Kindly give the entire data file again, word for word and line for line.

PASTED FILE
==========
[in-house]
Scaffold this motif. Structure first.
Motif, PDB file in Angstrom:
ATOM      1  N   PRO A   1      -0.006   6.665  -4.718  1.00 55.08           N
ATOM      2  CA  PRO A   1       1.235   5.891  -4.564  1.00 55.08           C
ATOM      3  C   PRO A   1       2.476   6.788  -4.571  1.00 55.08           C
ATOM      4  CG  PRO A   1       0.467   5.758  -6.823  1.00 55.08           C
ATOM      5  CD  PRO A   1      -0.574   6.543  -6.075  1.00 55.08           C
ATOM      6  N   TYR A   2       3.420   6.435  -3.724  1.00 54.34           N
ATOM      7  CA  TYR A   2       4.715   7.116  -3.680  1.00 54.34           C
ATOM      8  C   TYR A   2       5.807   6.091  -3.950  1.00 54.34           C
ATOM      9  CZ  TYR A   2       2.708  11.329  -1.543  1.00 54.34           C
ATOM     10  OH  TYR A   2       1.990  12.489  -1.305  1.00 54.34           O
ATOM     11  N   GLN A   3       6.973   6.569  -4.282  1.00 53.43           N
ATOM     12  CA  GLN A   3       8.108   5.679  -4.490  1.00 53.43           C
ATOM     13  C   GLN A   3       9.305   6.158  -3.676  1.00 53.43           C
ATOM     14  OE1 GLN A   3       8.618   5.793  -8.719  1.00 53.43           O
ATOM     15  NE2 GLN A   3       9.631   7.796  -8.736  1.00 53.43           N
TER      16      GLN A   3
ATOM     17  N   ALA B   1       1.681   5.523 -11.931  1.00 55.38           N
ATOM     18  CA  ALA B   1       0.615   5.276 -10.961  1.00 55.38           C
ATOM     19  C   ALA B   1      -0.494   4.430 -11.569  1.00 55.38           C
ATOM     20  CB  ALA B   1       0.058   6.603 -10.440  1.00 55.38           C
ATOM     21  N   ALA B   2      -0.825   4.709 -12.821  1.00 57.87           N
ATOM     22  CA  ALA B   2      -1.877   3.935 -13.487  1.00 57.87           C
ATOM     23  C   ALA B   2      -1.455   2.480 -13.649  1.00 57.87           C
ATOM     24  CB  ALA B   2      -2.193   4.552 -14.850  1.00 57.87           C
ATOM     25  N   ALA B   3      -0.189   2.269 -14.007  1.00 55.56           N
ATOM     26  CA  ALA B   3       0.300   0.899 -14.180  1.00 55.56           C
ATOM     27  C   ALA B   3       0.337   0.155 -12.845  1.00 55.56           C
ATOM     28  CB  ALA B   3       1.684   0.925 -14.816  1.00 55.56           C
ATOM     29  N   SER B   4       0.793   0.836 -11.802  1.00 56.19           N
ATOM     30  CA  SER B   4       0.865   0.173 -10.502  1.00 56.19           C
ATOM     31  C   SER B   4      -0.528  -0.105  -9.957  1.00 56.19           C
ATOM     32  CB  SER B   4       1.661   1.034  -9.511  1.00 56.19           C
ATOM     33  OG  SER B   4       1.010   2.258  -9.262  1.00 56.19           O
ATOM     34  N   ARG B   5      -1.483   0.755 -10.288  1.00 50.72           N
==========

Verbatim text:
[in-house]
Scaffold this motif. Structure first.
Motif, PDB file in Angstrom:
ATOM      1  N   PRO A   1      -0.006   6.665  -4.718  1.00 55.08           N
ATOM      2  CA  PRO A   1       1.235   5.891  -4.564  1.00 55.08           C
ATOM      3  C   PRO A   1       2.476   6.788  -4.571  1.00 55.08           C
ATOM      4  CG  PRO A   1       0.467   5.758  -6.823  1.00 55.08           C
ATOM      5  CD  PRO A   1      -0.574   6.543  -6.075  1.00 55.08           C
ATOM      6  N   TYR A   2       3.420   6.435  -3.724  1.00 54.34           N
ATOM      7  CA  TYR A   2       4.715   7.116  -3.680  1.00 54.34           C
ATOM      8  C   TYR A   2       5.807   6.091  -3.950  1.00 54.34           C
ATOM      9  CZ  TYR A   2       2.708  11.329  -1.543  1.00 54.34           C
ATOM     10  OH  TYR A   2       1.990  12.489  -1.305  1.00 54.34           O
ATOM     11  N   GLN A   3       6.973   6.569  -4.282  1.00 53.43           N
ATOM     12  CA  GLN A   3       8.108   5.679  -4.490  1.00 53.43           C
ATOM     13  C   GLN A   3       9.305   6.158  -3.676  1.00 53.43           C
ATOM     14  OE1 GLN A   3       8.618   5.793  -8.719  1.00 53.43           O
ATOM     15  NE2 GLN A   3       9.631   7.796  -8.736  1.00 53.43           N
TER      16      GLN A   3
ATOM     17  N   ALA B   1       1.681   5.523 -11.931  1.00 55.38           N
ATOM     18  CA  ALA B   1       0.615   5.276 -10.961  1.00 55.38           C
ATOM     19  C   ALA B   1      -0.494   4.430 -11.569  1.00 55.38           C
ATOM     20  CB  ALA B   1       0.058   6.603 -10.440  1.00 55.38           C
ATOM     21  N   ALA B   2      -0.825   4.709 -12.821  1.00 57.87           N
ATOM     22  CA  ALA B   2      -1.877   3.935 -13.487  1.00 57.87           C
ATOM     23  C   ALA B   2      -1.455   2.480 -13.649  1.00 57.87           C
ATOM     24  CB  ALA B   2      -2.193   4.552 -14.850  1.00 57.87           C
ATOM     25  N   ALA B   3      -0.189   2.269 -14.007  1.00 55.56           N
ATOM     26  CA  ALA B   3       0.300   0.899 -14.180  1.00 55.56           C
ATOM     27  C   ALA B   3       0.337   0.155 -12.845  1.00 55.56           C
ATOM     28  CB  ALA B   3       1.684   0.925 -14.816  1.00 55.56           C
ATOM     29  N   SER B   4       0.793   0.836 -11.802  1.00 56.19           N
ATOM     30  CA  SER B   4       0.865   0.173 -10.502  1.00 56.19           C
ATOM     31  C   SER B   4      -0.528  -0.105  -9.957  1.00 56.19           C
ATOM     32  CB  SER B   4       1.661   1.034  -9.511  1.00 56.19           C
ATOM     33  OG  SER B   4       1.010   2.258  -9.262  1.00 56.19           O
ATOM     34  N   ARG B   5      -1.483   0.755 -10.288  1.00 50.72           N